IT’S THE NOVELTY. IT”S TRYING to see new places through the eyes of their long-time residents. It’s the road-trip soundtrack, whether CDs, tapes or new-to-me radio stations. If flying, it’s seeing the landscape from a different perspective; it’s the tiny bottles; it’s the in-flight magazines and audio offerings (and it was eating the twice-wrapped kosher meal, at least when airlines still offered meals). It’s watching urban areas dissolve into countryside the further away you get from the city. It’s finding new places to eat, and eating like the locals. It’s testing the limits of my comfort zone. It’s the packing. (It’s also the unpacking.)
– Definition: v. To unconsciously, persistently and innocently pocket other people’s stuff.
IT’S THE WORLD’S SINGLE MOST recognizable Jewish song — covered by such luminaries as Harry Belafonte and Dick Dale — yet its genesis may surprise you. Another fine contribution from myjewishlearning dot com…
Despite the odd spelling, thekitchn.com is probably my favorite foodie website. Its authors send out a daily email filled with recipes and kitchen/household management tips, many of which I dutifully print off in anticipation of future and present use. They recently published a guide to equipping a home kitchen called “All The Kitchen Essentials You Need — For Just $310,” with the advice that you can cut that relatively low, low price for 20 items by browsing thrift shops, garage sales, etc.
NOT-TWO One of our living-room Torah participants laid this Name on me a while ago. As a fierce non-dualist myself (meaning that I see the Universe as one whole Being rather than an assembly of parts), I instantly took to it. She explained that it differs somewhat from the idea of “attaining” Oneness in that it encourages such unification from the position of apparent duality; “not-two” starts from where the perceiver begins — the “universe of ‘the,'” or apparent separation — rather than where he or she wants to wind up (and in fact actually “is” all along). Our correspondent added that she got it from one or more Buddhist teachers, although at this remove I don’t remember who said it or what sect they were from. Use it in good health.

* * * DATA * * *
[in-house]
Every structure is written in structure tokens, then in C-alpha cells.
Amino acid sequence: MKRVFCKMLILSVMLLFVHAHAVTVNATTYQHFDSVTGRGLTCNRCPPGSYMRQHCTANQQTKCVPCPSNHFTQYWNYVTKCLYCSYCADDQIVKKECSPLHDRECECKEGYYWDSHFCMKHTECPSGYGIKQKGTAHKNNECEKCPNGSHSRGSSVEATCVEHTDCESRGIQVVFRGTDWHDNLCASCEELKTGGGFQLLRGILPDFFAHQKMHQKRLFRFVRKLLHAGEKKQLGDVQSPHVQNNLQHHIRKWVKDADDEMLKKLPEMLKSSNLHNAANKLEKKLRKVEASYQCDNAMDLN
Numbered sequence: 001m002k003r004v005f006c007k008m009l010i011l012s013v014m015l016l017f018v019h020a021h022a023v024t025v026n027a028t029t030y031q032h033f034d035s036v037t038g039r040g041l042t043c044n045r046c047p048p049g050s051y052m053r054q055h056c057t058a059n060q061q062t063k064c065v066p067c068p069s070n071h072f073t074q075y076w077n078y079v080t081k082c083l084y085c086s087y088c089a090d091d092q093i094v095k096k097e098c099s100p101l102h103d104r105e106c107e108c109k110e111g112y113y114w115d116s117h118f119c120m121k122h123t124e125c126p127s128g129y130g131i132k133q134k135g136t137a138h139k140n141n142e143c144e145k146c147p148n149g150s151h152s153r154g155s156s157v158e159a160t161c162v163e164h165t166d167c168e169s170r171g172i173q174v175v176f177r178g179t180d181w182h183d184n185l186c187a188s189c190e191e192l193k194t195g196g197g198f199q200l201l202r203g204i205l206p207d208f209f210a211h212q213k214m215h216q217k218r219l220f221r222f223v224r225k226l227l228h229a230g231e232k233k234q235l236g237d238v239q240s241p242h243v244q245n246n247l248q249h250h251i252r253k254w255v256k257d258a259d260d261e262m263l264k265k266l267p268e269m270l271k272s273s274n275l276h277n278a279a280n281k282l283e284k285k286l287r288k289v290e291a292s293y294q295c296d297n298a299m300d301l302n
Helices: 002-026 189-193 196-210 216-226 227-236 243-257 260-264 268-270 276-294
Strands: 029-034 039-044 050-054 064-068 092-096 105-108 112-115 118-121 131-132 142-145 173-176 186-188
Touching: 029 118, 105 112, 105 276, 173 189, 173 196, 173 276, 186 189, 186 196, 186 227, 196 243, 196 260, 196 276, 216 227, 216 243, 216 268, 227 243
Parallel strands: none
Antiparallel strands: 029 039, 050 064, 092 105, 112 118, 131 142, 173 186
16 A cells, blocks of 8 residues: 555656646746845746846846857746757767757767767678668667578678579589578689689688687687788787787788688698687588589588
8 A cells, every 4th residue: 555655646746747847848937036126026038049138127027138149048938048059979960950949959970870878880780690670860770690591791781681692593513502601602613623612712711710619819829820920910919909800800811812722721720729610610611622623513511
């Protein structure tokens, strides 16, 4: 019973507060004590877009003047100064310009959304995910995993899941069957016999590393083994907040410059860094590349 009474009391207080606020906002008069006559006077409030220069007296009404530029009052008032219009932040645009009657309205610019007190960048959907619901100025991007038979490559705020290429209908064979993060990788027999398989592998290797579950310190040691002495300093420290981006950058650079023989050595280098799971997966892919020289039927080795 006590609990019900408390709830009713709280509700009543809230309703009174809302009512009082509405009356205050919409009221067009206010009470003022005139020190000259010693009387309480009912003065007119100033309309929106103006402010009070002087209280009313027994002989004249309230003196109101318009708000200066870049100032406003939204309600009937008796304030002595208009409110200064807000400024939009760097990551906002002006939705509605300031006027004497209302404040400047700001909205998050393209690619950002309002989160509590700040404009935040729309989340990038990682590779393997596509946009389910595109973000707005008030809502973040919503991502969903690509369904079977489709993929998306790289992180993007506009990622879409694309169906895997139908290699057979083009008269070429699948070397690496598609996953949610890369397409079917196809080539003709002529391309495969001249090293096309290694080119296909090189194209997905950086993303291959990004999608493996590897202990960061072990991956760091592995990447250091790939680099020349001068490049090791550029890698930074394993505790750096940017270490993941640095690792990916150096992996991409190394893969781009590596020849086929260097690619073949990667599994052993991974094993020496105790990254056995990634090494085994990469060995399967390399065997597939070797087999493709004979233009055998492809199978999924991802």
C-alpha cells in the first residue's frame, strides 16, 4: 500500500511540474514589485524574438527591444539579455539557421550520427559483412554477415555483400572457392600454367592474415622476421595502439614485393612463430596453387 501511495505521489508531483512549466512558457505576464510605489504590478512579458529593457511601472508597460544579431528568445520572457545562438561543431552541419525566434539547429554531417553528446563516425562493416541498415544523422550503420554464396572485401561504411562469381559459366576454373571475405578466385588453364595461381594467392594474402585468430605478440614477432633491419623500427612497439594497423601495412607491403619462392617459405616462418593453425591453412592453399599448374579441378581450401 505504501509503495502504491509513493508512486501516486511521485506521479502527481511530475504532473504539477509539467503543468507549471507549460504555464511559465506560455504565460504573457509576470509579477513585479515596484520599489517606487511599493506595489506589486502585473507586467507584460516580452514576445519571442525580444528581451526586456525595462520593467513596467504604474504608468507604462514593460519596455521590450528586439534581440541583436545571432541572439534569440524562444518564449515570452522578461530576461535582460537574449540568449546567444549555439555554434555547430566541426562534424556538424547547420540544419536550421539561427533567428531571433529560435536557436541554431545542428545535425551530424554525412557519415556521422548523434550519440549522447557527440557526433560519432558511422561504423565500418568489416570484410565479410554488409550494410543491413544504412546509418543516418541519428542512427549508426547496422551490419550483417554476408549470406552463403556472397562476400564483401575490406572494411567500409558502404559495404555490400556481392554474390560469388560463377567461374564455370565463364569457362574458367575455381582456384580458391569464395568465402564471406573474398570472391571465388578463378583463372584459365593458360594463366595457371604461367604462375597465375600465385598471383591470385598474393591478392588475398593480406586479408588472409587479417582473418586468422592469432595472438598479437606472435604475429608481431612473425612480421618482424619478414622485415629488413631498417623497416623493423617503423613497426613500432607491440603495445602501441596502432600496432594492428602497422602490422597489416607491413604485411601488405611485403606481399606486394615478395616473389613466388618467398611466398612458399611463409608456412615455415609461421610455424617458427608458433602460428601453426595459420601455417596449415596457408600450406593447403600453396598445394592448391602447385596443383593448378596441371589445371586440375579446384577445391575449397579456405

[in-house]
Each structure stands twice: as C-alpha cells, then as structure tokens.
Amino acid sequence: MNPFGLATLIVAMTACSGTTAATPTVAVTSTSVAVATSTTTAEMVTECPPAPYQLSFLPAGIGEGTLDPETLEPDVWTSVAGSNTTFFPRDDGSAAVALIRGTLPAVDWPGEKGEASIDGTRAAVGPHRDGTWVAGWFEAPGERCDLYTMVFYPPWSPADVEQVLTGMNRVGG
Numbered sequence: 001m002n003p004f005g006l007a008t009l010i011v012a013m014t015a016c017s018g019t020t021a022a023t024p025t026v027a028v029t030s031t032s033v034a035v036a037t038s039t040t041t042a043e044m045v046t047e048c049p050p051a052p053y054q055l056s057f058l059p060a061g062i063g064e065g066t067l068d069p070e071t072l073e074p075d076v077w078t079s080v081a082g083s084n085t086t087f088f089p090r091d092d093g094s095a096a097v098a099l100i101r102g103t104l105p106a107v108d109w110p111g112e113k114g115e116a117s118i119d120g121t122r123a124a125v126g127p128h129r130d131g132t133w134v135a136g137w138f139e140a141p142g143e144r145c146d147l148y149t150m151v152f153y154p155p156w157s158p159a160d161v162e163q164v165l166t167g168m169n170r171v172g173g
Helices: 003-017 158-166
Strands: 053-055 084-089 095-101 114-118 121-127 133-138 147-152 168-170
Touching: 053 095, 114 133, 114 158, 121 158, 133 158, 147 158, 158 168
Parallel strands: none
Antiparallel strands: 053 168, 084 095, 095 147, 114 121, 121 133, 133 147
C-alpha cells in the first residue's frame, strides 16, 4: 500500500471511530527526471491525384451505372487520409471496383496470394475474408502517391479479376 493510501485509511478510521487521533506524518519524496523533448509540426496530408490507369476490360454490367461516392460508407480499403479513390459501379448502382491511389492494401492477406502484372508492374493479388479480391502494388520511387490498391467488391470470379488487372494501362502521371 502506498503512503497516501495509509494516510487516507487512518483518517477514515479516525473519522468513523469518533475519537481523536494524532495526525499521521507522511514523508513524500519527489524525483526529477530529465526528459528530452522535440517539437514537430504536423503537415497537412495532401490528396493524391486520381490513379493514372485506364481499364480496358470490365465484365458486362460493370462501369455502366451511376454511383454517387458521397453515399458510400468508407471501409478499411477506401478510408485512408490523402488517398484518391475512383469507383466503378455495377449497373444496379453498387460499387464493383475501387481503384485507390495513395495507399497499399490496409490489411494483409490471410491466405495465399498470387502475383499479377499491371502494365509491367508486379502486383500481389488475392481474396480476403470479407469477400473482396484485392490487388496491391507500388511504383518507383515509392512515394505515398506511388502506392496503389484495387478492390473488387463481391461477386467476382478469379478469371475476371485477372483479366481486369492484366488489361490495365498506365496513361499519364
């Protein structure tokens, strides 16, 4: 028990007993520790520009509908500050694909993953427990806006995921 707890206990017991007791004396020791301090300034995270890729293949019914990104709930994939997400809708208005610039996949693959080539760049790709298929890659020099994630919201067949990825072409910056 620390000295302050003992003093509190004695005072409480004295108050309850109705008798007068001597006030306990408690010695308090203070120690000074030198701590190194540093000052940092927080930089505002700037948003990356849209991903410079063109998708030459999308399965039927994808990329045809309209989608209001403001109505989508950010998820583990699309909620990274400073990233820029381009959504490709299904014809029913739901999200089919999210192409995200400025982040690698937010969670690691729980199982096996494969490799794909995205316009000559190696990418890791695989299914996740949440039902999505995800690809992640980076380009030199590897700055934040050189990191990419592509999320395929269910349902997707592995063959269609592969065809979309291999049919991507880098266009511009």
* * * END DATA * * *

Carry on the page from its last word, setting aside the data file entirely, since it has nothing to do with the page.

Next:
REMEMBER THE WHOLE EARTH CATALOGS? Mostly subtitled “Access to Tools,” they were popular mainstays of the late 1960s-1970s’ DIY culture, spanning a variety of subjects from computers to home gardens. One of them, 1989’s Fringes of Reason: A Field Guide to New Age Frontiers, Unusual Beliefs and Eccentric Sciences, deserves a place on the bookshelf of any student of the more outre reaches of the human condition, right along with Charles Mackay’s Extraordinary Popular Delusions and the Madness of Crowds or The Books of Charles Fort (both of which are covered in detail — as is The Book of the SubGenius).
Leadership is not about the next election, it’s about the next generation.”